To be truly effective, mens rea doctrine must operate outside the statutory definition of the offense. All mens rea options not clearly foreclosed by Congresseven knowledge of criminalitymust be available wherever needed to prevent morally undeserved punishment. Until this occurs, mens rea doctrine will continue to default on its promise of preventing conviction for morally blameless conduct, not to mention the broader promise, suggested both by Elonis and criminal law tradition and theory, of precluding disproportionately severe punishment.
California’s New Law Will Fail to Address the Larger Problem of Brady Violations
Christina E. Urhausen
Volume 69, Issue 6, 1673-1694
Brady violations have become a growing epidemic in California. As a result, California recently enacted a new law that amends section 141 of the Penal Code. The law changes the status of an “intentional” Brady violation from a misdemeanor to a felony, and imposes up to three years of prison time for those found guilty. This Note argues that this new law will fail to address the systematic problem of Brady violations. Part I discusses the legal history of the Brady decision and its progeny, as well as the shortcomings of the Brady rule. Part II explores the pervasiveness of Brady violations in California specifically. Part III explains why current safeguards are insufficient to control the problem. Part IV argues that California’s new law will have little to no effect in reducing the number of Brady violations in California. Finally, Part V proposes alternative reforms that would address the fundamental problems that lead to Brady violations.
State-Sponsored Hash Searches & the Reasonable Expectation of Privacy
Volume 69, Online, 28-51
This Note examines whether, under the Fourth Amendment, the United States government can conduct searches based on hash encryption to comb through large digital databases such as the cloud and find files known to be incriminating. “Hashing” is an encryption process which assigns each encrypted file its own mathematically unique identifier called a hash value. The chances of two files having the same hash value is so improbable as to be almost impossible, unless the two files are exactly the same. A file with a minor edit, such as a document with one added period, will be assigned a completely new hash value by the algorithm. Thus, if two hash values match up, a person (or a computer) can know with certainty, without opening either file, that the files are exactly the same.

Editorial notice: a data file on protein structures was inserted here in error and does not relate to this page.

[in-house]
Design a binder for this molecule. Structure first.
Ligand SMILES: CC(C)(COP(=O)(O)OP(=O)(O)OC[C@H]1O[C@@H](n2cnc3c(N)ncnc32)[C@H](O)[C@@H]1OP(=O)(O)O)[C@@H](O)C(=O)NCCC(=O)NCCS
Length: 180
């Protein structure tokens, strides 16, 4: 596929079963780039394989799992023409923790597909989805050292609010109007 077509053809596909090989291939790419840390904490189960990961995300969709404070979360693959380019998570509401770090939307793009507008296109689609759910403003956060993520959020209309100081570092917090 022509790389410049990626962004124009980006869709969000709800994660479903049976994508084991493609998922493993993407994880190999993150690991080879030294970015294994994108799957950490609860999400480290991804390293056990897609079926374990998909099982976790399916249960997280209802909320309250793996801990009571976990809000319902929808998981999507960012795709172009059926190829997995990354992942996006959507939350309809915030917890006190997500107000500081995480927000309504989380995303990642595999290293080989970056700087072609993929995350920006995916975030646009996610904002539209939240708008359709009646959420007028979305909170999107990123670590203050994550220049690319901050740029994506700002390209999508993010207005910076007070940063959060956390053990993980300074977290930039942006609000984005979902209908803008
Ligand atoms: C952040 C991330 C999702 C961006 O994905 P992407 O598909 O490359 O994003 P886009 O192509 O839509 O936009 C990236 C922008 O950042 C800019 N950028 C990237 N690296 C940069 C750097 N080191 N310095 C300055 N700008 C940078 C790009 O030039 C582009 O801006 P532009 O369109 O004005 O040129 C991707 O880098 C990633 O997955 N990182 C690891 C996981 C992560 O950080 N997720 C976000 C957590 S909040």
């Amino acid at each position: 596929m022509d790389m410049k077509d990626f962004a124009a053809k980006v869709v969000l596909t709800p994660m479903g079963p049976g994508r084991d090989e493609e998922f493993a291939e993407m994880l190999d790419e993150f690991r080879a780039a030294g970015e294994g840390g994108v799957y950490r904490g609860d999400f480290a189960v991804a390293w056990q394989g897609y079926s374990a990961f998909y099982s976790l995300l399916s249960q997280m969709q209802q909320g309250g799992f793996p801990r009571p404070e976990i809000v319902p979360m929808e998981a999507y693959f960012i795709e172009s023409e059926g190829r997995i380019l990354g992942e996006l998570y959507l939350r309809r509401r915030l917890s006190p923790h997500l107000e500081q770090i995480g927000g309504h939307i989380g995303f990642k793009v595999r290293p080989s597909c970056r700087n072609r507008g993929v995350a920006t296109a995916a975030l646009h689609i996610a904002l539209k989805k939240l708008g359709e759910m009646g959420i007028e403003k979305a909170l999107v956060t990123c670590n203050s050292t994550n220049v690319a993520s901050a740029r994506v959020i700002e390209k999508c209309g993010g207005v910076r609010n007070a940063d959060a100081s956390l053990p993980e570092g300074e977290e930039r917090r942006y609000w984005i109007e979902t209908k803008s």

In the context of national security, hash values present a powerful opportunity to find criminal collaborators. If the government lawfully seizes one copy of a criminal plan, the government could then use hash searching to quickly identify co-conspirators by searching through the cloud for other accounts storing the same hash value. This Note considers whether the government can run hash searches on large databases without violating the Fourth Amendment. First, the Note locates hash searching within existing Fourth Amendment doctrine and discusses whether hash searches, particularly those conducted by computers, require a warrant. After examining whether existing warrant exceptions apply to hash searches it turns to consider, in the alternative, whether a warrant application based on a hash search could survive Fourth Amendment requirements such as particularity. The Note argues that hash searches fall under existing exceptions to the warrant requirement. In the alternative, hash searching’s extreme object particularity will satisfy the warrant requirement even in the absence of particularity regarding target identity and file location.
Can Democracy Withstand the Cyber Age?: 1984 in the 21st Century
David M. Howard
Volume 69, Issue 5, 1355-1378
Democracy has evolved throughout history, and democracy can survive the challenges of the cyber age. However, democracy will be affected by the internet and increased cybersecurity. Cybersecurity and democracy sometimes appear at odds, and the recent cyberattacks on democratic elections show the growing need for strengthened cybersecurity. Yet these efforts to increase cybersecurity must comport with the needs of democracy. This Article describes the potential conflicts between cybersecurity and the foundations of democracy, and argues that for democracy to survive the coming decades, cybersecurity efforts must support the values that sustain our democracy, particularly that of free speech and informed voting. While we are in a dangerous period of modern history, this Article further argues that the requirements of cybersecurity and democracy do not need to be mutually exclusive, but that the internet can enhance democratic institutions.
Media Literacy: A Foundational Skill for Democracy in the 21st Century
Tessa Jolls & Michele Johnsen
Volume 69, Issue 5, 1379-1408